Friday, June 17, 2016

Pith and Substance

In Canadian constitutional law the division of jurisdictions is based on legislative power being exercised within limited heads of power - for example property and civil rights.  But to determine where legislation properly falls the court must consider the pith and substance of the legislation. The Supreme Court rules in Rogers Communications Inc. v.Ch√Ęteauguay (City) 2016 SCC 23 as follows:

[36]                          In analyzing the pith and substance of the notice of a reserve, the Court must consider both its purpose and its effects: Goodwin, at para. 21; Quebec (Attorney General) v. Canada (Attorney General), 2015 SCC 14, [2015] 1 S.C.R. 693, at para. 29; Reference re Securities Act, 2011 SCC 66, [2011] 3 S.C.R. 837, at paras. 63‑64; Quebec (Attorney General) v. Lacombe, 2010 SCC 38, [2010] 2 S.C.R. 453, at paras. 20‑22. The purpose of a municipal measure, like that of a law, is determined by examining both intrinsic evidence, such as the preamble or the general purposes stated in the resolution authorizing the measure, and extrinsic evidence, such as that of the circumstances in which the measure was adopted: Lacombe, at paras. 20‑22; COPA, at para. 18; Canadian Western Bank, at para. 27. As for the effects of a municipal measure, they are determined by considering both the legal ramifications of the words used and the practical consequences of the application of the measure: R. v. Morgentaler, [1993] 3 S.C.R. 463, at pp. 482‑83. 

[37]                          When conducting a pith and substance analysis, a court must avoid adopting the watertight compartments approach, which this Court has in fact rejected. The fact that a measure has what are merely incidental effects on an exclusive head of power of the other level of government does not suffice to justify declaring that measure to be ultra viresCOPA, at para. 18.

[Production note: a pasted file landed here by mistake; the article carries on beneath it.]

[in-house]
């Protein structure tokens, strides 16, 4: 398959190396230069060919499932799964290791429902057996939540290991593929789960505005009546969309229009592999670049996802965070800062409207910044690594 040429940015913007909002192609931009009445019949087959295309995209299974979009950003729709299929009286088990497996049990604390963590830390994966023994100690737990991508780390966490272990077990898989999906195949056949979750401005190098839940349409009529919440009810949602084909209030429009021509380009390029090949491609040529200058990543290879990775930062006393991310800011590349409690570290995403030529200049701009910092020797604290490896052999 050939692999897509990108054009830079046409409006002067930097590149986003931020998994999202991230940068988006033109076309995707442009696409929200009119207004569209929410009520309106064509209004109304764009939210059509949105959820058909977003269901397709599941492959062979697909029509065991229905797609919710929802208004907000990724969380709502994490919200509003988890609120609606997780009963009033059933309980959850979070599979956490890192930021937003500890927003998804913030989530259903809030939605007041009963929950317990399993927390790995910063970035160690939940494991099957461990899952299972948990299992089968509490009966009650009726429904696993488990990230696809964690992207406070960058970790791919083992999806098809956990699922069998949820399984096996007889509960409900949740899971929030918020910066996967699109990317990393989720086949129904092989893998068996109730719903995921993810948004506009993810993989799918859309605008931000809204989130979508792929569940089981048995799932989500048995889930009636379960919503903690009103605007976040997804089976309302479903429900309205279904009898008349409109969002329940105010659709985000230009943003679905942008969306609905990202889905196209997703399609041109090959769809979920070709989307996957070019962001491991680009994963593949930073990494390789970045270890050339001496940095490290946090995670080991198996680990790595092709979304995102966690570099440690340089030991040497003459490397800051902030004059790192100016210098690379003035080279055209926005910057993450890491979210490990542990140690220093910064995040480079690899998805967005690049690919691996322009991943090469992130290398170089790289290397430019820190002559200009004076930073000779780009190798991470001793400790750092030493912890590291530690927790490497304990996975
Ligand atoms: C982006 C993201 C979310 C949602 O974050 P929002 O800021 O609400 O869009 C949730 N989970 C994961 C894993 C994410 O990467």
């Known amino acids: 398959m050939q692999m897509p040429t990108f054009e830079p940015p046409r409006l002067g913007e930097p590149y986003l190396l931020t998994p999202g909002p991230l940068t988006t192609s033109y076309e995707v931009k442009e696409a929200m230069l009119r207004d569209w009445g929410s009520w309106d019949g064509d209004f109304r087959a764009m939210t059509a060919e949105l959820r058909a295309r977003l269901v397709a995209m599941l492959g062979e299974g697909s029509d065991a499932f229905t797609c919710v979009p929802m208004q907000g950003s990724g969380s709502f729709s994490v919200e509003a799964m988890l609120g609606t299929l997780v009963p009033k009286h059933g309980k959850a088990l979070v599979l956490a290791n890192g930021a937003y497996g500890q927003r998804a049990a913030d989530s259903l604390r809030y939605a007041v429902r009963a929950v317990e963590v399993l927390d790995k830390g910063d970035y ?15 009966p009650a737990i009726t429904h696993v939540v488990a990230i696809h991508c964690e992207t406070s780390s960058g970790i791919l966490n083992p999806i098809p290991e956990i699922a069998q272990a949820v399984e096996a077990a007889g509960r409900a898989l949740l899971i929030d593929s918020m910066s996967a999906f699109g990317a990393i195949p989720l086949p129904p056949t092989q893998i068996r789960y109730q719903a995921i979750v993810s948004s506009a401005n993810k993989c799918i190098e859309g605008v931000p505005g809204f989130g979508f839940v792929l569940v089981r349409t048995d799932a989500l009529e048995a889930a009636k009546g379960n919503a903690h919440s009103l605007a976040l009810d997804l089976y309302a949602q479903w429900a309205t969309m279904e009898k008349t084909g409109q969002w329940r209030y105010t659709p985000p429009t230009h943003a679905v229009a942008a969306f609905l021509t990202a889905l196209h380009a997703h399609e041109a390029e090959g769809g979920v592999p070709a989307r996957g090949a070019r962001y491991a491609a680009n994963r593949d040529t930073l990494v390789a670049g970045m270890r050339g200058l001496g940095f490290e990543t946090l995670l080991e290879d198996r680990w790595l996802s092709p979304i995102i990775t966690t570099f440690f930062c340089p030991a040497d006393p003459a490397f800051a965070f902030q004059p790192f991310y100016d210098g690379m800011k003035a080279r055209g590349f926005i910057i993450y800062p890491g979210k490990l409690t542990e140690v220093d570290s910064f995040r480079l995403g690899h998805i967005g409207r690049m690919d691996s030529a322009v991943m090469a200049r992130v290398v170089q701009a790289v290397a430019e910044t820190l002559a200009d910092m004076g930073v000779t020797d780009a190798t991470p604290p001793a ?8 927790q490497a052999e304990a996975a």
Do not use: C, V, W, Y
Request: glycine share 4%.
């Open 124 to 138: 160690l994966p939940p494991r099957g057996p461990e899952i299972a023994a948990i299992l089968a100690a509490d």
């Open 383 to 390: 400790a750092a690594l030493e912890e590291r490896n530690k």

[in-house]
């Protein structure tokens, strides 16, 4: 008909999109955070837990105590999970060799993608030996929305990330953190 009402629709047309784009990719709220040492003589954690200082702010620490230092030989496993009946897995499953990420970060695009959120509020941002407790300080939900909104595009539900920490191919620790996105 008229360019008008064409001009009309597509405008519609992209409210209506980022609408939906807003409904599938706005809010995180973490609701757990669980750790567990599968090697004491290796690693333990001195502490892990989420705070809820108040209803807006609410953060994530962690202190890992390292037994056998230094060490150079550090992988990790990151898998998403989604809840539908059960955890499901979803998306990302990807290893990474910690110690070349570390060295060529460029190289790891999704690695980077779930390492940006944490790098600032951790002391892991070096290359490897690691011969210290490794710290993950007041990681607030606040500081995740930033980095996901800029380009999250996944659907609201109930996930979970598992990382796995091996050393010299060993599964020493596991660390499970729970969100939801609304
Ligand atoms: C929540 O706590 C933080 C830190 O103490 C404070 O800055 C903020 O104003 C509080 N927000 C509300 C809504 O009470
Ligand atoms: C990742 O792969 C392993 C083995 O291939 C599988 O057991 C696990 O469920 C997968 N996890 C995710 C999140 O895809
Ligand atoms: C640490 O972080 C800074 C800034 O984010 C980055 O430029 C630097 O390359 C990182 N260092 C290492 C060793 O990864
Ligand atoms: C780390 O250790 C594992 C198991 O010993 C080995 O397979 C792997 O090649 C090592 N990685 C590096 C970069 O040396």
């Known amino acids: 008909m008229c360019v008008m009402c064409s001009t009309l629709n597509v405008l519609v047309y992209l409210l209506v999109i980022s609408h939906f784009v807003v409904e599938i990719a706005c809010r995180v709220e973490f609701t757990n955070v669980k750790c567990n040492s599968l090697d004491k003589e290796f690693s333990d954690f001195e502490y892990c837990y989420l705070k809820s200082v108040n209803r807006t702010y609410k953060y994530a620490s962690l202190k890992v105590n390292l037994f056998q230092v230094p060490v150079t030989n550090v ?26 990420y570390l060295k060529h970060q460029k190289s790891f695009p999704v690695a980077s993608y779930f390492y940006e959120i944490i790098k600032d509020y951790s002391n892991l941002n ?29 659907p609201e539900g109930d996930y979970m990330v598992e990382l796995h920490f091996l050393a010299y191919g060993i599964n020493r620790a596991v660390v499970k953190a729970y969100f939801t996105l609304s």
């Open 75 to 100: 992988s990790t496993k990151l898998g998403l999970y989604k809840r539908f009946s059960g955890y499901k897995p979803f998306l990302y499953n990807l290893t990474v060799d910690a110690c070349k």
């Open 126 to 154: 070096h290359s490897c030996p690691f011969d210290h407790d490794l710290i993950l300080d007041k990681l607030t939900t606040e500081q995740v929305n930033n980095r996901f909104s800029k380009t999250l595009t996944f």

[38]                          Our colleague correctly points out, at para. 85 of his reasons, that when the courts apply the various constitutional doctrines, they must take into account the principle of co‑operative federalism, which favours, where possible, the concurrent operation of statutes enacted by governments at both levels: Saskatchewan (Attorney General) v. Lemare Lake Logging Ltd., 2015 SCC 53, [2015] 3 S.C.R. 419, at para. 22, quoting Lacombe, at para. 118, per Deschamps J. (dissenting); Marine Services, at para. 50, citing General Motors of Canada Ltd. v. City National Leasing, [1989] 1 S.C.R. 641; Canadian Western Bank, at para. 37. 

[39]                          However, although co‑operative federalism has become a principle that the courts have invoked to provide flexibility for the interpretation and application of the constitutional doctrines relating to the division of powers, such as federal paramountcy and interjurisdictional immunity, it can neither override nor modify the division of powers itself. It cannot be seen as imposing limits on the valid exercise of legislative authority: Quebec (Attorney General) v. Canada (Attorney General), at paras. 17‑19. Nor can it support a finding that an otherwise unconstitutional law is valid. This Court commented as follows in Reference re Securities Act, at para. 62:

                        In summary, notwithstanding the Court's promotion of cooperative and flexible federalism, the constitutional boundaries that underlie the division of powers must be respected. The "dominant tide" of flexible federalism, however strong its pull may be, cannot sweep designated powers out to sea, nor erode the constitutional balance inherent in the Canadian federal state.

Of the Law Societies of Upper Canada and Nunavut 

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